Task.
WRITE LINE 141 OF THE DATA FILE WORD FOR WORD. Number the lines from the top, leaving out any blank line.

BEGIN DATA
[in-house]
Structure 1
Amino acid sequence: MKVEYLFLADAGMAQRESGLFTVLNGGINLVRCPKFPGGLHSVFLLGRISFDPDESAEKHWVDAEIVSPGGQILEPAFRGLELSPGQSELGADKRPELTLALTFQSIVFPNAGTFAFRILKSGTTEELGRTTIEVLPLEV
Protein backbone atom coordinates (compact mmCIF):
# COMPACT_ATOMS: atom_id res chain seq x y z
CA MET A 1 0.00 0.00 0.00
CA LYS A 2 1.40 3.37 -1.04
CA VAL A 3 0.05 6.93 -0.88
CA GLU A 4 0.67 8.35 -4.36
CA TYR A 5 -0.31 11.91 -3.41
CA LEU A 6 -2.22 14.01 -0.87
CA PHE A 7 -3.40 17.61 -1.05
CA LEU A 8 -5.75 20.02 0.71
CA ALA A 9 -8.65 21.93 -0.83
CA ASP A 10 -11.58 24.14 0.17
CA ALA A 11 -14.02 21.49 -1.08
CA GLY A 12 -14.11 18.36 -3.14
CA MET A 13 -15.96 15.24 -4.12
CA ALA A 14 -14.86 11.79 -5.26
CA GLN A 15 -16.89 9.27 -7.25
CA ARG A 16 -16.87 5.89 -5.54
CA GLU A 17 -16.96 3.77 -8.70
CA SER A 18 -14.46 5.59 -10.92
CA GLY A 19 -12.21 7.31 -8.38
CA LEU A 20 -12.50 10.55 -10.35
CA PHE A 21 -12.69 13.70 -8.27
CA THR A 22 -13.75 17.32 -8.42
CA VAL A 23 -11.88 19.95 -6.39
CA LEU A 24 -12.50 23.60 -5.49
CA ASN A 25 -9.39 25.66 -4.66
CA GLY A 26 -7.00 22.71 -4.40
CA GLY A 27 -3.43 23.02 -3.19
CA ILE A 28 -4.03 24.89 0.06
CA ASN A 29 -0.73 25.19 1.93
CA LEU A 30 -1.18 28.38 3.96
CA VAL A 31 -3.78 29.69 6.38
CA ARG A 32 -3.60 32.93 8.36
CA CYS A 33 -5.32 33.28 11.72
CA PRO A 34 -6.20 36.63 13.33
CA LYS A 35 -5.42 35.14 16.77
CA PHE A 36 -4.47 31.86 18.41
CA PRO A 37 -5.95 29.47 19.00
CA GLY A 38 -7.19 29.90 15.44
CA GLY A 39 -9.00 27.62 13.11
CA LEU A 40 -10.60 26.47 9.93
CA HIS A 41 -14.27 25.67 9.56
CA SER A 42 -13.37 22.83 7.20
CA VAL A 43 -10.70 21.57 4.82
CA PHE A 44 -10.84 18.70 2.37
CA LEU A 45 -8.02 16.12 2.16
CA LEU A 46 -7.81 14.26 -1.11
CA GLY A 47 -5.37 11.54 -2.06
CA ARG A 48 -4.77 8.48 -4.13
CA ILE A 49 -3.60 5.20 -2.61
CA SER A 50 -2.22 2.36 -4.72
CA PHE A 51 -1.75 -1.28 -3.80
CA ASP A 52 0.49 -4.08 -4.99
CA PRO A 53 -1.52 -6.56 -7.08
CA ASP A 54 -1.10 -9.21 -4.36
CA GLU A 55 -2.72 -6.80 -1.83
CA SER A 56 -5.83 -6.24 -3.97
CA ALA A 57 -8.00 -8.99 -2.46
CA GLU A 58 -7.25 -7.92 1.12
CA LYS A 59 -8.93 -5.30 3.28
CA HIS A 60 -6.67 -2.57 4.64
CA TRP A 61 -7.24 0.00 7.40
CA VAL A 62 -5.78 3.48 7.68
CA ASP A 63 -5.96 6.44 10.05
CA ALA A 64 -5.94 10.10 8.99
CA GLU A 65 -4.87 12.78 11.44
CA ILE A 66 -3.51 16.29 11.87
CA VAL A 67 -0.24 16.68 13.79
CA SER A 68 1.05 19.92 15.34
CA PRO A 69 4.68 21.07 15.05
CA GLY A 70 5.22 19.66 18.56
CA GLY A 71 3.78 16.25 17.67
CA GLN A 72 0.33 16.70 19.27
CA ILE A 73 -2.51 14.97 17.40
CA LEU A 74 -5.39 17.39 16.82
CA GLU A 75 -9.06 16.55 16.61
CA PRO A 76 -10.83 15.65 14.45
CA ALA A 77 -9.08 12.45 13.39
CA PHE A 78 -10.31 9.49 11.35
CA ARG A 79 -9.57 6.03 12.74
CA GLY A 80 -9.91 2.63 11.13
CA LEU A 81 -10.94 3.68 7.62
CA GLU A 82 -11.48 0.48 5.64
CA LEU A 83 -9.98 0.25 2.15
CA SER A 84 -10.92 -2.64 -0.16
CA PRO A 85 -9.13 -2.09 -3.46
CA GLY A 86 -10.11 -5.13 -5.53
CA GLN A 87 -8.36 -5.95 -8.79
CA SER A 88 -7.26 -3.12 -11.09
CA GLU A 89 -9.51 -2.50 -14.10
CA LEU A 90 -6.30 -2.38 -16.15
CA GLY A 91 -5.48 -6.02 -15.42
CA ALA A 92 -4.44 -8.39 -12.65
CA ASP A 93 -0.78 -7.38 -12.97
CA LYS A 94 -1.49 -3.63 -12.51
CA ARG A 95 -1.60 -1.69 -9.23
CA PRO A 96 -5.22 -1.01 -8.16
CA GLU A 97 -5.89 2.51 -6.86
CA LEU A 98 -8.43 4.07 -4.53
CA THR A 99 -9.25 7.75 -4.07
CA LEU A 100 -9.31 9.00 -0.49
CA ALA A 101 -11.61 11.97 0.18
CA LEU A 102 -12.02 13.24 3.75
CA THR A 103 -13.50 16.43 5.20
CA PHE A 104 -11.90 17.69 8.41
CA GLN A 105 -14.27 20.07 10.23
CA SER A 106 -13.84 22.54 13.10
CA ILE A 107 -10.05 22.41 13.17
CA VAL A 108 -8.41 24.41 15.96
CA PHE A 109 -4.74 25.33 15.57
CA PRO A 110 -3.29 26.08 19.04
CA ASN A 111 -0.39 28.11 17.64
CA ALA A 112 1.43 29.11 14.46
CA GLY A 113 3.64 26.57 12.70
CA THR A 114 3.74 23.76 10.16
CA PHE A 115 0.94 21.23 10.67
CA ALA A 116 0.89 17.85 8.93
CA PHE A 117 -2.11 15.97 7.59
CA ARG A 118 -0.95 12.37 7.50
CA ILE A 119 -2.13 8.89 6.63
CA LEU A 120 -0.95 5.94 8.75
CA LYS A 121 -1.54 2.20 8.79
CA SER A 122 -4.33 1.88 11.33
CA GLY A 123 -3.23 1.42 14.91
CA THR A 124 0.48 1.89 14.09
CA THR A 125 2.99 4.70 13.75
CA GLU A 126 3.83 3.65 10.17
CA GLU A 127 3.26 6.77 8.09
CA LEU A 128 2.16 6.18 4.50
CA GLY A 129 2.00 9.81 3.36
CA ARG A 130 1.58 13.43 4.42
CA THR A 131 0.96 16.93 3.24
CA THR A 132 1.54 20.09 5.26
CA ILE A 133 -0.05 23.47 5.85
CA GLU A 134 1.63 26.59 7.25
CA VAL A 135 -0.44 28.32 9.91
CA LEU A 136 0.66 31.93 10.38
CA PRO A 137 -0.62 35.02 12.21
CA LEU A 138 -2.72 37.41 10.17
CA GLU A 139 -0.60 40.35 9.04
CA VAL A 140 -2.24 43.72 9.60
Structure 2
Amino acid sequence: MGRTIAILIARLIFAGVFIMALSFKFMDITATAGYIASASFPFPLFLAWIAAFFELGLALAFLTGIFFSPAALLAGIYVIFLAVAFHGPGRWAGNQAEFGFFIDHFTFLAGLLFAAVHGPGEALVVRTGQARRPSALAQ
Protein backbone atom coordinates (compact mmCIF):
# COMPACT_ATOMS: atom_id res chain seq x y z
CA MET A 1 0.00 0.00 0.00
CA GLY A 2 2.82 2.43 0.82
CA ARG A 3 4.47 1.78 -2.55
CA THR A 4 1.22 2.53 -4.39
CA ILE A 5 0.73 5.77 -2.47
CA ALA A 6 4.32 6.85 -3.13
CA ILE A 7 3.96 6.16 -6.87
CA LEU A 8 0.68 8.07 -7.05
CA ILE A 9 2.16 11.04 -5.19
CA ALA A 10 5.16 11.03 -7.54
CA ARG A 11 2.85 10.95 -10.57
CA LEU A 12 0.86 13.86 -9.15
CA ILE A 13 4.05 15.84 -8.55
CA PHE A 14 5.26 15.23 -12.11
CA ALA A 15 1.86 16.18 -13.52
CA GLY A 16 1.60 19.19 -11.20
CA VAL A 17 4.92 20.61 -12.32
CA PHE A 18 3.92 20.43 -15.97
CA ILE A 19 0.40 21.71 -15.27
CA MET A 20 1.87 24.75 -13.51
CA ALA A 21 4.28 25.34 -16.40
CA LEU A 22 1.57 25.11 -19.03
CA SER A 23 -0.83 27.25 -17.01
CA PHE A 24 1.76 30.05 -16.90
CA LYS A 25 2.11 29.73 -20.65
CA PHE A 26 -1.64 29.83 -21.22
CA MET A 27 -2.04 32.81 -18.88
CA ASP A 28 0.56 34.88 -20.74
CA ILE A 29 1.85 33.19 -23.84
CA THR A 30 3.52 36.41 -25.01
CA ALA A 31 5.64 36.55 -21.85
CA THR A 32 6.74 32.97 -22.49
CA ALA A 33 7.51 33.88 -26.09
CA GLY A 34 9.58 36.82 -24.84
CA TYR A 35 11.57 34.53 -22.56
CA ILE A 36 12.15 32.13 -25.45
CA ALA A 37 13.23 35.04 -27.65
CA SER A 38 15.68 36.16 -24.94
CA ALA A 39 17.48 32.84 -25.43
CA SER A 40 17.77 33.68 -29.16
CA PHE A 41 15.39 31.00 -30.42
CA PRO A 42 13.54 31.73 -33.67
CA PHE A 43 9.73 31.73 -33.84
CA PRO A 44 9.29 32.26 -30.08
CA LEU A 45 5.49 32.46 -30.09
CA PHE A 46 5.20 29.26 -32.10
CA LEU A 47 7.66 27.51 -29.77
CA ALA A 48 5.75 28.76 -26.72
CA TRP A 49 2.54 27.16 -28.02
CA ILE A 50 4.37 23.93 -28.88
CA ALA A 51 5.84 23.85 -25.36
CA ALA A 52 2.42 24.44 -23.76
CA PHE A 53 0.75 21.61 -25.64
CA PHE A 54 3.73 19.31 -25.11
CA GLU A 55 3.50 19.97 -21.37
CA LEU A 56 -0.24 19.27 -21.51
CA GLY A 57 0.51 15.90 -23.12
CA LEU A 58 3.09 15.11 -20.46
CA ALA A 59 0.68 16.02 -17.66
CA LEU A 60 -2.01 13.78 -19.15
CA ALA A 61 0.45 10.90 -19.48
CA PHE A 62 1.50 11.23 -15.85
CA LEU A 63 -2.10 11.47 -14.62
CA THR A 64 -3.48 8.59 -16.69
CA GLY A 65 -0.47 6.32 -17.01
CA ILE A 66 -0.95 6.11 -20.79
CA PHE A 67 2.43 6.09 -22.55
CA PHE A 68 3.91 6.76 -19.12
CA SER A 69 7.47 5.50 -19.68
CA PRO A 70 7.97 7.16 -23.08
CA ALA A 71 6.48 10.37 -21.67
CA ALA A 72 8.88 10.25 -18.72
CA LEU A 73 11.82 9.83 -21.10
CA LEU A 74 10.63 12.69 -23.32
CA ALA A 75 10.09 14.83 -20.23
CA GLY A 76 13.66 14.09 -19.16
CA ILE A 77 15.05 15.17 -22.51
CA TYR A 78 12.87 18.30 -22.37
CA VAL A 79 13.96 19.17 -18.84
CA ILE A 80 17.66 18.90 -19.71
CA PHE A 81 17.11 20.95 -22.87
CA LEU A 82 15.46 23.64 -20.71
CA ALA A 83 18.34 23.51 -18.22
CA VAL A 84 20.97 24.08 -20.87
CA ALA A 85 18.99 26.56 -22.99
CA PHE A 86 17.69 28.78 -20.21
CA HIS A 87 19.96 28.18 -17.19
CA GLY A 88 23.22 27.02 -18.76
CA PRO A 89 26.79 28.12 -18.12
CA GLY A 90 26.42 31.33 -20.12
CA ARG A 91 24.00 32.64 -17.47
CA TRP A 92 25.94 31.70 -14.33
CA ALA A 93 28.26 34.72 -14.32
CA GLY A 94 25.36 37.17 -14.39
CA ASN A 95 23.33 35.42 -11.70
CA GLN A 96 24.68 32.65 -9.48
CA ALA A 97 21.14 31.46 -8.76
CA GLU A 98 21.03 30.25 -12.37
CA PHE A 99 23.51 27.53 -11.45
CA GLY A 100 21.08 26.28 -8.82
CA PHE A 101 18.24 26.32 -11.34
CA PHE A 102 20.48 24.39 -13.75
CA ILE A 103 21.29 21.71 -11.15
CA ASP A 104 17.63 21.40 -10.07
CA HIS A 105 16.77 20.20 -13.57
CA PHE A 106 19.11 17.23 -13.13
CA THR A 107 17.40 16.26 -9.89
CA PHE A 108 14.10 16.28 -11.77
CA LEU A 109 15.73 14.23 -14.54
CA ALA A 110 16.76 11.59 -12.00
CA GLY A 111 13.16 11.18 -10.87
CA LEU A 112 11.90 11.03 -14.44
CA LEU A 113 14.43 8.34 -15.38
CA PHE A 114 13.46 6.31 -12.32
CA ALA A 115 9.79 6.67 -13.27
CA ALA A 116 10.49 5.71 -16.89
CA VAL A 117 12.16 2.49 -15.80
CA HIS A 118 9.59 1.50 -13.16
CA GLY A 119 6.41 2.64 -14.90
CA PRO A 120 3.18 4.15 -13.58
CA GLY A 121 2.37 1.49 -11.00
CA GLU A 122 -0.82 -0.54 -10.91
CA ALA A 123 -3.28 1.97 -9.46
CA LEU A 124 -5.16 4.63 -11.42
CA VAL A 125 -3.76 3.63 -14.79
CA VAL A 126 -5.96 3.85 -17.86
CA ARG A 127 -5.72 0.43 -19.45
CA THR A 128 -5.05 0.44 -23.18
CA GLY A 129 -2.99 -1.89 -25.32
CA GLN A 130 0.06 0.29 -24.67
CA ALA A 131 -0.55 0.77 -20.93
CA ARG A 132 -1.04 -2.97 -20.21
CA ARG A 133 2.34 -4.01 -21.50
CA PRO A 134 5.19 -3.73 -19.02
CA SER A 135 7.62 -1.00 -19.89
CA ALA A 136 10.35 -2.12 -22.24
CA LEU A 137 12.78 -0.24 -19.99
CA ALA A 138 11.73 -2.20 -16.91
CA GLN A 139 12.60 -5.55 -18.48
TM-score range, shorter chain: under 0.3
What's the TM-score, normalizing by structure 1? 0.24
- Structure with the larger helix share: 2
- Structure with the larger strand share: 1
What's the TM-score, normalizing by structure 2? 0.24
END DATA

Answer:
CA LEU A 136 0.66 31.93 10.38